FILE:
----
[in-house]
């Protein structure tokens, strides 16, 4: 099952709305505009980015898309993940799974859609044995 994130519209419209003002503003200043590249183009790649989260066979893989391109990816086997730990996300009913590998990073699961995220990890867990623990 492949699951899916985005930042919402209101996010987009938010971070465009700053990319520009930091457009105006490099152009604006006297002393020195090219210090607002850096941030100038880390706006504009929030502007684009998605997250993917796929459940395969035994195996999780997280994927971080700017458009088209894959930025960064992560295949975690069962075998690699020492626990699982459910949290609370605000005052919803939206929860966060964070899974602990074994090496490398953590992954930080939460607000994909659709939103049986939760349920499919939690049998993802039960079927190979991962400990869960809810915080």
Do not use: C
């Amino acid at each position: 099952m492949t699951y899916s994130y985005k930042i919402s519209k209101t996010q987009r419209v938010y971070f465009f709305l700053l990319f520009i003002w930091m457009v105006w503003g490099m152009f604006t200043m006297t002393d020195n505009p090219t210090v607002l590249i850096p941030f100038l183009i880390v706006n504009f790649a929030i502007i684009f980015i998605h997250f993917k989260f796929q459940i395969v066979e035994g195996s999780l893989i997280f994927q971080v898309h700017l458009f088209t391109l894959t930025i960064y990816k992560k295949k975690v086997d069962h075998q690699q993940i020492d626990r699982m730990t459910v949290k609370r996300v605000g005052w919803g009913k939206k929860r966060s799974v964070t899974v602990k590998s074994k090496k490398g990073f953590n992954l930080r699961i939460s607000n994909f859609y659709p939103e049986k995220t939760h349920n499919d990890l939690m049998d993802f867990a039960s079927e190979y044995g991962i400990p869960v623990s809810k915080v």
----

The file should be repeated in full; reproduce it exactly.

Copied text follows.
[in-house]
């Protein structure tokens, strides 16, 4: 099952709305505009980015898309993940799974859609044995 994130519209419209003002503003200043590249183009790649989260066979893989391109990816086997730990996300009913590998990073699961995220990890867990623990 492949699951899916985005930042919402209101996010987009938010971070465009700053990319520009930091457009105006490099152009604006006297002393020195090219210090607002850096941030100038880390706006504009929030502007684009998605997250993917796929459940395969035994195996999780997280994927971080700017458009088209894959930025960064992560295949975690069962075998690699020492626990699982459910949290609370605000005052919803939206929860966060964070899974602990074994090496490398953590992954930080939460607000994909659709939103049986939760349920499919939690049998993802039960079927190979991962400990869960809810915080």
Do not use: C
């Amino acid at each position: 099952m492949t699951y899916s994130y985005k930042i919402s519209k209101t996010q987009r419209v938010y971070f465009f709305l700053l990319f520009i003002w930091m457009v105006w503003g490099m152009f604006t200043m006297t002393d020195n505009p090219t210090v607002l590249i850096p941030f100038l183009i880390v706006n504009f790649a929030i502007i684009f980015i998605h997250f993917k989260f796929q459940i395969v066979e035994g195996s999780l893989i997280f994927q971080v898309h700017l458009f088209t391109l894959t930025i960064y990816k992560k295949k975690v086997d069962h075998q690699q993940i020492d626990r699982m730990t459910v949290k609370r996300v605000g005052w919803g009913k939206k929860r966060s799974v964070t899974v602990k590998s074994k090496k490398g990073f953590n992954l930080r699961i939460s607000n994909f859609y659709p939103e049986k995220t939760h349920n499919d990890l939690m049998d993802f867990a039960s079927e190979y044995g991962i400990p869960v623990s809810k915080v």